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Tag: Advice

#GHC16: Things to Do in Houston

#GHC16: Things to Do in Houston

Here are some of the unique Houston experiences you should check out after #GHC16!

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Make the Most of GHC With Tips From ABI

Make the Most of GHC With Tips From ABI

With just a little over a week left until #GHC15, we have some tips for planning your trip to Houston.

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Be a GHC Community Volunteer and Change Your Life

You should sign up to be a volunteer community note-taker or blogger by our new deadline of September 8.  It could change your life! Seriously!Blue Jelly Social Media Icons / WebTreatsETCI started attending the Grace Hopper Celebration of Women in…

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What to Pack for GHC North America

Whether it’s your first Grace Hopper Celebration or your fifth, every conference is a new experience, so we’ve put together a short list of “must pack” items to make sure that you come prepared for this year’s conference in Portland!1. Umbrella and Rai…

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Your GH11 Presentation is Ready — Now It’s Time to Practice

I’m guessing that most of us have pretty much completed preparations for our Grace Hopper presentations, right? For myself, I have thought a lot about my audience and I’ve made decisions about how much I will be able to say — and say well — in the hour that I have been allotted. What now? My presentation is on Friday. I’m done, right? Well — now it’s time to practice.

There are two fundamental ways to practice: 1) silently and 2) aloud. The first way involves a review of your presentation in your own head. We all do this a lot before we present because it helps us feel comfortable with our story and because we think that we will be less likely to forget what we want to say if we go over and over things in our minds. It is easy to practice this way because we can give ourselves a silent presentation anywhere and anytime.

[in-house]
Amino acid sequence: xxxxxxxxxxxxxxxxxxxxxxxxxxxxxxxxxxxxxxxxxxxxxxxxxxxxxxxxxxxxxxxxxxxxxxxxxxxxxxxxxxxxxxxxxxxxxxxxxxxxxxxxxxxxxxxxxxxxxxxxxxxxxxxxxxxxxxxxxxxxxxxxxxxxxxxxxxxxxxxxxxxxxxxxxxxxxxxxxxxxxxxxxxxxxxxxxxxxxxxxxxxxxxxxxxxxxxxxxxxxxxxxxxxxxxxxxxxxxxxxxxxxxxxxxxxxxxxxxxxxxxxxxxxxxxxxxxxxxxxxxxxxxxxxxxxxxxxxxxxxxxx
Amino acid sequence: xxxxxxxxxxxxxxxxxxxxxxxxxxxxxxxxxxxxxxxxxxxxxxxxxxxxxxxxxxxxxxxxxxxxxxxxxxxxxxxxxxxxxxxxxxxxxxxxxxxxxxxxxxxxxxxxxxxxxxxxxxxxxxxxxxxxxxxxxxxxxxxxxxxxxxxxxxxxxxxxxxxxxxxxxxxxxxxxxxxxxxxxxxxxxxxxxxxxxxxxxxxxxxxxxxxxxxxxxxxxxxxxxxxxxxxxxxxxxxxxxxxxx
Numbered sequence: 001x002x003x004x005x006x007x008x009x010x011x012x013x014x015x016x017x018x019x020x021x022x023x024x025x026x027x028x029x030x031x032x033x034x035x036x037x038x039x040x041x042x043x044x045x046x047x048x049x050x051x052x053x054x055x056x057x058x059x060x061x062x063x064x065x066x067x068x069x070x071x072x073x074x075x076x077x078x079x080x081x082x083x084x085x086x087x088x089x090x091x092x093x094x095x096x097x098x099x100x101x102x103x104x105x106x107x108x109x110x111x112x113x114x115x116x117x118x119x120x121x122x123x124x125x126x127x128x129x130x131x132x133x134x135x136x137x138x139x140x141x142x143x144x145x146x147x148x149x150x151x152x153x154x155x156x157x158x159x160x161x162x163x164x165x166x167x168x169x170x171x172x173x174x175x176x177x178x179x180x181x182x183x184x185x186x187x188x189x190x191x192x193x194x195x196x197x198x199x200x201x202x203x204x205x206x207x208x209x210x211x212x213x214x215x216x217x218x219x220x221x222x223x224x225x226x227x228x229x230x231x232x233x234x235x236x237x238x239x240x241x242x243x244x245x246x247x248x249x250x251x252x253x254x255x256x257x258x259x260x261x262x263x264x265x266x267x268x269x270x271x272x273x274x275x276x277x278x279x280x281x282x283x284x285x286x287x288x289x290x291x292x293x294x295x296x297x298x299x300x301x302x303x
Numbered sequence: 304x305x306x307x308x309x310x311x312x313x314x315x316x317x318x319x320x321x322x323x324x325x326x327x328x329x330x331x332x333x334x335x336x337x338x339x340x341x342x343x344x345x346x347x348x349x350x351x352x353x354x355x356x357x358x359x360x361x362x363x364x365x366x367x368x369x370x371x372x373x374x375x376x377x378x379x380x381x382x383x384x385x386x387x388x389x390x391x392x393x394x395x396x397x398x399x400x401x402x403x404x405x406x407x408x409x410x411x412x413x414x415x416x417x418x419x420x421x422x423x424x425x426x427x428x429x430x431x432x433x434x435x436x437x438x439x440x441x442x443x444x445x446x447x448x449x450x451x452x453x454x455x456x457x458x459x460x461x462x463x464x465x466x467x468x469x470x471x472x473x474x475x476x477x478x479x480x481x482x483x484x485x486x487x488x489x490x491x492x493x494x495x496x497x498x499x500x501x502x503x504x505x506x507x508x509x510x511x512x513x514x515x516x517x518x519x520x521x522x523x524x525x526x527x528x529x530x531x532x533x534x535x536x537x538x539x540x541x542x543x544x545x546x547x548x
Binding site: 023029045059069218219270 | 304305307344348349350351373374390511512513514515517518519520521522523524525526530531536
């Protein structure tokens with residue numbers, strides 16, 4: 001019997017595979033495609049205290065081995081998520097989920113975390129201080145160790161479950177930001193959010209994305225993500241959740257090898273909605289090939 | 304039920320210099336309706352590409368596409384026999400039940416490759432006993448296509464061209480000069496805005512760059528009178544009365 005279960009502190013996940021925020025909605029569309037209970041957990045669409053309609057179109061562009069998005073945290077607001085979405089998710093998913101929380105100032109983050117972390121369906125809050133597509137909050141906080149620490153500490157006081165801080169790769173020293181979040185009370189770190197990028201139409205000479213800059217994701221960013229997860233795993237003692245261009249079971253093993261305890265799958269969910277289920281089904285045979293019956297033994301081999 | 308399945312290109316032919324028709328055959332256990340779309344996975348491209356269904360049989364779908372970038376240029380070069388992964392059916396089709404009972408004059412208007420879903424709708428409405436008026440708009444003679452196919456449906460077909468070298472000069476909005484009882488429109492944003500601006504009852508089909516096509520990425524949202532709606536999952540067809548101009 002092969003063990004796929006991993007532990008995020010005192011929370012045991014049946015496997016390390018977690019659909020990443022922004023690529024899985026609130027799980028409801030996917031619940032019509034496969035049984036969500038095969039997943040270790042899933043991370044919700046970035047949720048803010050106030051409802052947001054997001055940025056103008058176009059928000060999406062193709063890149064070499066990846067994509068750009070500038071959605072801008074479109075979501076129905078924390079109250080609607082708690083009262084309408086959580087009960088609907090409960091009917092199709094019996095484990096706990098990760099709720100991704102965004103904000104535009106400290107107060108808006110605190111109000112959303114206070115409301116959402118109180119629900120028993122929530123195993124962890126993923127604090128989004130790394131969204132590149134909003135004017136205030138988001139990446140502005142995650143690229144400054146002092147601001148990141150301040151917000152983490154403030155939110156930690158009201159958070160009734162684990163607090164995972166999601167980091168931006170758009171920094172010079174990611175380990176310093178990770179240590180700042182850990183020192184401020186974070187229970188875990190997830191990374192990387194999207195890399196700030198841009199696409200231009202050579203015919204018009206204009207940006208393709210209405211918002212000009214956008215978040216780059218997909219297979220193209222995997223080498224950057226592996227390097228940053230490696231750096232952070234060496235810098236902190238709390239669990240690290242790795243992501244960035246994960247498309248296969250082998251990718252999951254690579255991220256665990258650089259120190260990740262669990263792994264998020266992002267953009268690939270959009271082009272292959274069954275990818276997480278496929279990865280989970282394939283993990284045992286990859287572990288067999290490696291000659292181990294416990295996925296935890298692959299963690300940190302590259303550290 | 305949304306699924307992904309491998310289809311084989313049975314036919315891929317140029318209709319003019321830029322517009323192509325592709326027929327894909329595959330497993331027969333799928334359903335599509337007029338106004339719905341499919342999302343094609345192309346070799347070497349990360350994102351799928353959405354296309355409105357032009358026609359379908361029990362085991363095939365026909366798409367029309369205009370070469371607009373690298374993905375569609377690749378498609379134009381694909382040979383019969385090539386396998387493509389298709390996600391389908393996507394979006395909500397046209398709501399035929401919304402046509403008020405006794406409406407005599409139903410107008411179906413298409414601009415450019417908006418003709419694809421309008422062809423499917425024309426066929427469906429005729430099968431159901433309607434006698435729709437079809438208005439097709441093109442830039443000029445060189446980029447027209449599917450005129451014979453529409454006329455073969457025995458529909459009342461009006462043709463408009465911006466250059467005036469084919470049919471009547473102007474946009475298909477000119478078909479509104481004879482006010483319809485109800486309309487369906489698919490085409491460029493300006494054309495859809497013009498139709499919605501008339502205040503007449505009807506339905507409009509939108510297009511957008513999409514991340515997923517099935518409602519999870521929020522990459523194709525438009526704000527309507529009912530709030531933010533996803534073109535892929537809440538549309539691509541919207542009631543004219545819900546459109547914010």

The second way of practicing asks more of us and leads to different results. I will be very direct here — I believe that you must practice your talk aloud in order to deliver an authentic and well-paced presentation. And you must practice in a way that simulates the context in which you will speak. (It would probably be ideal if we could all practice giving our talks to a real audience in a real meeting room, but most of us are not that lucky. No worries — make a commitment to practicing aloud and know that you are preparing yourself for a great result.)

Find a space where you can set up your laptop and project your visuals. I have practiced this way in my living room where the visuals are projected on the wall; and I have practiced this way in a hotel room. Even if you are not able to project the visuals during your rehearsal, you can set up your laptop and use it in the same way that you will use it during your talk. Being comfortable with the physical things you will do during your presentation is very important — almost as important as being familiar with your story.

Practice introducing yourself and getting into the talk; practice moving around; practice your gestures; practice with the laser pointer if you will use one; figure out when to advance to a new visual and practice the verbal transitions; see how it feels to look around to all parts of the room; play with volume and speed. Also be sure that you time yourself during your rehearsals so that you know where you are and where you want to be during each section of your presentation.

In addition to practicing aloud in a “real” context, you can practice aloud to an invisible listener while riding your bicycle, while cooking, while in the shower. You will be able to hear the speed, the pauses, and the flow in a way that you cannot hear these details when the story is a silent one. Any time you speak aloud, even to yourself, you are incorporating the physical and sensory aspects of presenting, and you are preparing yourself for the real experience of transforming thoughts and ideas into a spoken story.

Have fun with your preparations and rehearsals. I will see you next week in Portland!

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PhDoula: Five do-overs since my first Grace Hopper Celebration for Women in Computing

This post originally appeared on the blog PhDoula and is re-posted here with permission from the author, Alexandra Holloway.Grace Hopper Celebration for Women in Computing is an annual event bringing together thousands of women from different technical…